posted June 17, 2014 8:24 AM by L. Kelly Fitzpatrick
Twenty-something and caught between earning that graduate degree and staying sharp in a competitive job market - I know the feeling. When navigating a sea of internships, interviews, and conferences while completing full or part time classes, that extra boost of professionalism and confidence can make a difference. While all of those qualifications featured on your well-rendered resumé speak for themselves, having a business card can help have your bases covered on the perilous and formidable frontier of professional networking.
For a long time, the word business card alone evoked imagined landscapes of beepers and shoulder pads for as far as the eye could see. But sure enough, after seeing peers arrive to events with a business card in tow changed my ideas upon seeing their convenience and functionality in action. When you meet a someone that you'd like to collaborate with in a professional context, writing their number on a nearby receipt or popping them a friend request just won't cut it - and that's where business cards come in.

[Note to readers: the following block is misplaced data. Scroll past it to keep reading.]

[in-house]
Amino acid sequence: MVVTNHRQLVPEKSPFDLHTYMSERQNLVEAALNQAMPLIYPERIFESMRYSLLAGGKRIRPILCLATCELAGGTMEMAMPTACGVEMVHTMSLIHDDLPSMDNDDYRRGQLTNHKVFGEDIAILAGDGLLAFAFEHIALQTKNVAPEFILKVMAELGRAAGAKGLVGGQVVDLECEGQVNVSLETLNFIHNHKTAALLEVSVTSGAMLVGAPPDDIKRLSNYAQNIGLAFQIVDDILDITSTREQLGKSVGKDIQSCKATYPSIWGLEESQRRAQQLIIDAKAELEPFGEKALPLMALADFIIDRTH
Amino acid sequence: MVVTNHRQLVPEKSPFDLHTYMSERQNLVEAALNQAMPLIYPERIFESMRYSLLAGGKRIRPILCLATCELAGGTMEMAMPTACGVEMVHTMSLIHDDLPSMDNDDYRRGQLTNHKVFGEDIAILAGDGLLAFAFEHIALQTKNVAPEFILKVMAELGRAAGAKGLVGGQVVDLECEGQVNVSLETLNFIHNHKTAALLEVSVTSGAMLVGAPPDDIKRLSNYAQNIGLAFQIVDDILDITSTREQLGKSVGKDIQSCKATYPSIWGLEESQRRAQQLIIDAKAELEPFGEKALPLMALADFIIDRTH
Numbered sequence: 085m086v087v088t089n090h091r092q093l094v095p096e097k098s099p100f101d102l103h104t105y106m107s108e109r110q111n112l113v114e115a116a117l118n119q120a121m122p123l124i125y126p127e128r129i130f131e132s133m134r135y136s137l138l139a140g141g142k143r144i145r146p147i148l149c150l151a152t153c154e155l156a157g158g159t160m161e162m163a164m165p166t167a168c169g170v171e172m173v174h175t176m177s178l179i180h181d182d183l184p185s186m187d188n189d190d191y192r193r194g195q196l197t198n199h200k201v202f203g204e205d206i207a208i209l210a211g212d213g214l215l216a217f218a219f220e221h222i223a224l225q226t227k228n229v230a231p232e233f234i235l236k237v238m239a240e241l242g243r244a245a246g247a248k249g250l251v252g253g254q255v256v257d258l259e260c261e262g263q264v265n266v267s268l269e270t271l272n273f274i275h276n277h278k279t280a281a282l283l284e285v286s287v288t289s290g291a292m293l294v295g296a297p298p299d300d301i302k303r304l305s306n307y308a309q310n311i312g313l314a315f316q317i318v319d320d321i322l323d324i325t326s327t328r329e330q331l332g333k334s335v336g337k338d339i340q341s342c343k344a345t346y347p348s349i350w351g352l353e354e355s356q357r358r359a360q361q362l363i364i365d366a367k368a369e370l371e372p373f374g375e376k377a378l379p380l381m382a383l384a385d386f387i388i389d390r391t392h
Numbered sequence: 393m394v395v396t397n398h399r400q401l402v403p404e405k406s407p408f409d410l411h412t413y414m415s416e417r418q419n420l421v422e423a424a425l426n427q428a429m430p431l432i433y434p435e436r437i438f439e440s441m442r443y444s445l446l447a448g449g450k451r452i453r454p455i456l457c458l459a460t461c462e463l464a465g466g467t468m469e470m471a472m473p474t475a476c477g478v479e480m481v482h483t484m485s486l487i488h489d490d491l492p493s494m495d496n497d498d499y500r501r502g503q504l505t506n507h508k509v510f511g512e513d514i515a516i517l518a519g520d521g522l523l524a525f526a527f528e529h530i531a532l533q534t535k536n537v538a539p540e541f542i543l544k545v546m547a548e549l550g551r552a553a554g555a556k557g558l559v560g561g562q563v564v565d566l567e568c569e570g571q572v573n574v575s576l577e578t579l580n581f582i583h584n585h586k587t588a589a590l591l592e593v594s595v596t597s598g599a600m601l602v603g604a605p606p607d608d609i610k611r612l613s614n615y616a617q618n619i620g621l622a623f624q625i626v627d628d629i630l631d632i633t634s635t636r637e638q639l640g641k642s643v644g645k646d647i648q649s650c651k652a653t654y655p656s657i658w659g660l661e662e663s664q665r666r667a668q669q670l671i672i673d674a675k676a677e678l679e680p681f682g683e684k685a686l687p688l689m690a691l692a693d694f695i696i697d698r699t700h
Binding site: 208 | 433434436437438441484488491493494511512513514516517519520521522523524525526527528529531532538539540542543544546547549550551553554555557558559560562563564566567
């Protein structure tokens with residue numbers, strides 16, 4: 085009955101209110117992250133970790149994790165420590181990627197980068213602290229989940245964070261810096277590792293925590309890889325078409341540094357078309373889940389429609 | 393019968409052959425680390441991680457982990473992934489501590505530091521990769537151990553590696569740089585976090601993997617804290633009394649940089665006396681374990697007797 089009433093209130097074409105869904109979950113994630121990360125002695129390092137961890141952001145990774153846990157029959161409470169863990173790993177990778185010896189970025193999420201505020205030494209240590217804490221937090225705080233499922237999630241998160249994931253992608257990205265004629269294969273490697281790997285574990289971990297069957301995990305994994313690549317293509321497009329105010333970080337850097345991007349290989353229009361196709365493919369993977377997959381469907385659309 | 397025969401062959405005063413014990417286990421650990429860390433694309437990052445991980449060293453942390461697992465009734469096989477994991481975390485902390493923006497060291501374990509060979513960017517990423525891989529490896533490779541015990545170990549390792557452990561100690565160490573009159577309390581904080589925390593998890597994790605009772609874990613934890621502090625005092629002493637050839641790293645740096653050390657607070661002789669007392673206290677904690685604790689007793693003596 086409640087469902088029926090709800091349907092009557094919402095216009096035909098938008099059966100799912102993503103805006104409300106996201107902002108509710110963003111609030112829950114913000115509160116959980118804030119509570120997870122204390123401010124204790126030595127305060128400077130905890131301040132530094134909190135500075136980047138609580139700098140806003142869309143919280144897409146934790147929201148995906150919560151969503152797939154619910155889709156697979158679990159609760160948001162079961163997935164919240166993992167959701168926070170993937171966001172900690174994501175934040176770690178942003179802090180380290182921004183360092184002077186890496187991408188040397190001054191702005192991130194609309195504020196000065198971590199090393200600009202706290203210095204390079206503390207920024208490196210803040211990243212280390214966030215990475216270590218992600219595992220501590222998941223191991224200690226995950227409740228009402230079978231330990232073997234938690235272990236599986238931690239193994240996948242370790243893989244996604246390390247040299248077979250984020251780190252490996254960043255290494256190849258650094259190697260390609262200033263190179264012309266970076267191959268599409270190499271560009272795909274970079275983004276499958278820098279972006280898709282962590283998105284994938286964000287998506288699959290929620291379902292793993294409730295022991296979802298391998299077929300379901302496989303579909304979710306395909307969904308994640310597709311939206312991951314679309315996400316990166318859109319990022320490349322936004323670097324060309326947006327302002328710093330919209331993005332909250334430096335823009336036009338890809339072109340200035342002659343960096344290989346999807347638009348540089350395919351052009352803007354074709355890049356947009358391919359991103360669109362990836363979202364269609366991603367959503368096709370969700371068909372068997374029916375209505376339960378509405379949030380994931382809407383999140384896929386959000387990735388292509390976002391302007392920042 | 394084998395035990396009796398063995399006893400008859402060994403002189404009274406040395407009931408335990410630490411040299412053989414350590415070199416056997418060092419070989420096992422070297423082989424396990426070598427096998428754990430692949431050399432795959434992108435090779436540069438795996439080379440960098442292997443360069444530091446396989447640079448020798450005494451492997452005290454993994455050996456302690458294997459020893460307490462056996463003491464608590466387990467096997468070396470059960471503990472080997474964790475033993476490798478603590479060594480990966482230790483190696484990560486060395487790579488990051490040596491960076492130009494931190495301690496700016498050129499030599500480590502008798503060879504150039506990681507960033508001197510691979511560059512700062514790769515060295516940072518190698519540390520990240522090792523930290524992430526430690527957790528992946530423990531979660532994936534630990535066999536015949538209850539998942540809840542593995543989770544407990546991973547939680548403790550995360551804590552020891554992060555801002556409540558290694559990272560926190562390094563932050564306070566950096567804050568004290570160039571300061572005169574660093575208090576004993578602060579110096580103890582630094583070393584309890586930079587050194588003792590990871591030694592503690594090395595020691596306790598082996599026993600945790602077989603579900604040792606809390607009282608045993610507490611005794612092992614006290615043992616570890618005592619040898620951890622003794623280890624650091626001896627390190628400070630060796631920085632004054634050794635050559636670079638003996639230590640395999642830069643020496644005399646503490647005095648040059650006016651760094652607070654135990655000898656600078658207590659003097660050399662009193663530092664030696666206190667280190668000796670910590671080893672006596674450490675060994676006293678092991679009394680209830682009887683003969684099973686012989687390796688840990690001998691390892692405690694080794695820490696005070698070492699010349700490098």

Okay, we get the point; business cards are a thing - but how do you get business cards? While there are a number of different avenues toward this goal, I'll share how I got mine. At the recommendation of friends, I decided to order a small batch of business cards from the printers over at us.moo.com. Faced with over 350 designs to choose from, I selected one which would print my contact information on none other than tiny books - an LIS student's dream come true, right? Finding what to put on your business card can be a difficult step when lacking a concrete job title between multiple internships and job opportunities - to simplify this process, I chose to feature my name, area of study, website, and email address. As one of the many functions of a business card is to express your professional identity, what you put on your card is entirety up to you. After an approximate week, they arrived on my doorstep ready to help stimulate collaboration at an upcoming conference. While business cards aren't for everyone and are by no means a professional necessity, they can serve as a trusted middleman between you, your peers, and establishing yourself in the field of LIS one conversation at a time.